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Health Highlights: Nov. 17, 2008

Here are some of the latest health and medical news developments, compiled by editors of HealthDay:

FDA to Open Offices in China

In an effort to improve the safety of imports destined for the United States, the U.S. Food and Drug Administration will open three offices in China this week. They are the first FDA offices outside of the United States, the Associated Press reported.

"Establishing a permanent FDA presence in China will greatly enhance the speed and effectiveness of our regulatory cooperation and our efforts to protect consumers in both countries," U.S. Health and Human Services Secretary Mike Leavitt said in a news release.

Thirteen FDA staffers will be assigned to the offices in China, but Leavitt didn't specify what their duties would be, the AP reported. The offices will be located in Beijing, Guangzhou and Shanghai. Leavitt added he'll now focus on opening FDA offices in India and Central America.

The FDA had been under increasing pressure to open offices in China because of safety issues involving a wide range of products, including food and the blood thinner heparin.

In related news, the European Union and China agreed Monday to cooperate better on consumer safety, the AP reported.

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Liver Cells Damaged by Drinking Water Levels of Arsenic

After being exposed to levels of arsenic that meet U.S. standards for drinking water, mice developed problems with liver cells that remove waste from the blood and enable nutrients to regulate metabolism.

The mice received 10 to 100 parts per billion of arsenic over a two-week period. This impaired the ability of specialized cells in the liver (sinusoidal endothelial cells) to remove damaged proteins from the blood. The cells also lost their characteristic pores, which severely limited their ability to exchange nutrients and waste, United Press International reported.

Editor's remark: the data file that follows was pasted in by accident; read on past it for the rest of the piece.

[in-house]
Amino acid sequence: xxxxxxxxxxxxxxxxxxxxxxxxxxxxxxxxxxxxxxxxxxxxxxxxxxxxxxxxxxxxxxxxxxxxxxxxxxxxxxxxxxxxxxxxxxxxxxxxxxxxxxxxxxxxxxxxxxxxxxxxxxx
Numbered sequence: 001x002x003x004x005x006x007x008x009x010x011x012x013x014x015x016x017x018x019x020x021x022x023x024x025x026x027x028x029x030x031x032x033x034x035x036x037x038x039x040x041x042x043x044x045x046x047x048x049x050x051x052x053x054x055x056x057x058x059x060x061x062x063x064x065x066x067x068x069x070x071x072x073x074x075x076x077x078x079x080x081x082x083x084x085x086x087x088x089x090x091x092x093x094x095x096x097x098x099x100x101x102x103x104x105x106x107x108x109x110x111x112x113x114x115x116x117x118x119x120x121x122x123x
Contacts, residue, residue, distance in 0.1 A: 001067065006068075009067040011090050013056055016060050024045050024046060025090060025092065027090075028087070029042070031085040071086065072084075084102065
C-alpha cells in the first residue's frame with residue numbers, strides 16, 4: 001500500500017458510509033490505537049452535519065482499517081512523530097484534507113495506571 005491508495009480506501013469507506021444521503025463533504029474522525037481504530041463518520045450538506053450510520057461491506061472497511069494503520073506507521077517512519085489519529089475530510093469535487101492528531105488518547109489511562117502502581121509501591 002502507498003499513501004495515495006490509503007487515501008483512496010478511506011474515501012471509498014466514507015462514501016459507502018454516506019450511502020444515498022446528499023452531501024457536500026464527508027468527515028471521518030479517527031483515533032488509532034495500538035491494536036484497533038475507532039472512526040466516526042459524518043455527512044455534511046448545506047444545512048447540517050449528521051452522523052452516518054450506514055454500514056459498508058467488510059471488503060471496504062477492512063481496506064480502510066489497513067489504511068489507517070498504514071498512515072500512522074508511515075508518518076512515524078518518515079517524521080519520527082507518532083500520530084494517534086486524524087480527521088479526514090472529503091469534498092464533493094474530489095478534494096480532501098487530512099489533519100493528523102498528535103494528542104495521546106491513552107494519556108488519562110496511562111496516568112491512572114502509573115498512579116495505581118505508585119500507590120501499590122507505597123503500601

The University of Pittsburgh study was published online and in the Dec. 1 print issue of the Journal of Clinical Investigation.

The current U.S. arsenic standard for drinking water is 10 parts per billion for sources that serve more than 20 people, UPI reported.

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Hurricane Ike's Destruction Causes Hospital Cutbacks

Hurricane Ike's devastation is still being felt, even though the storm hit Galveston Island in Texas more than two months ago. The latest fallout, the New York Times reported, is the loss of 3,800 jobs from the University of Texas Medical Branch, Galveston's largest employer.

Those jobs represent one-third of the medical center's work force. The use of most of John Sealey Hospital, the main branch of the medical complex, which also includes a major trauma center and defense research center, has been lost, the newspaper reported.

Ike destroyed so many of the hospital's buildings that only the maternity ward remains open, the Times reported. The idea is to cut staff now and slowly rebuild the hospital and medical school during the next six months, significantly reducing a $40 million monthly loss since the hurricane hit in early September.

Karen H. Sexton, University of Texas vice president for hospitals and clinics, told the newspaper that there has been no emergency aid money from either the state or U.S. governments. Until that money comes, she said, the staff reductions were necessary. "We are committed to getting back into the health care business," she told the Times. "We know we have to be a lot smaller right now."

Posted: November 2008


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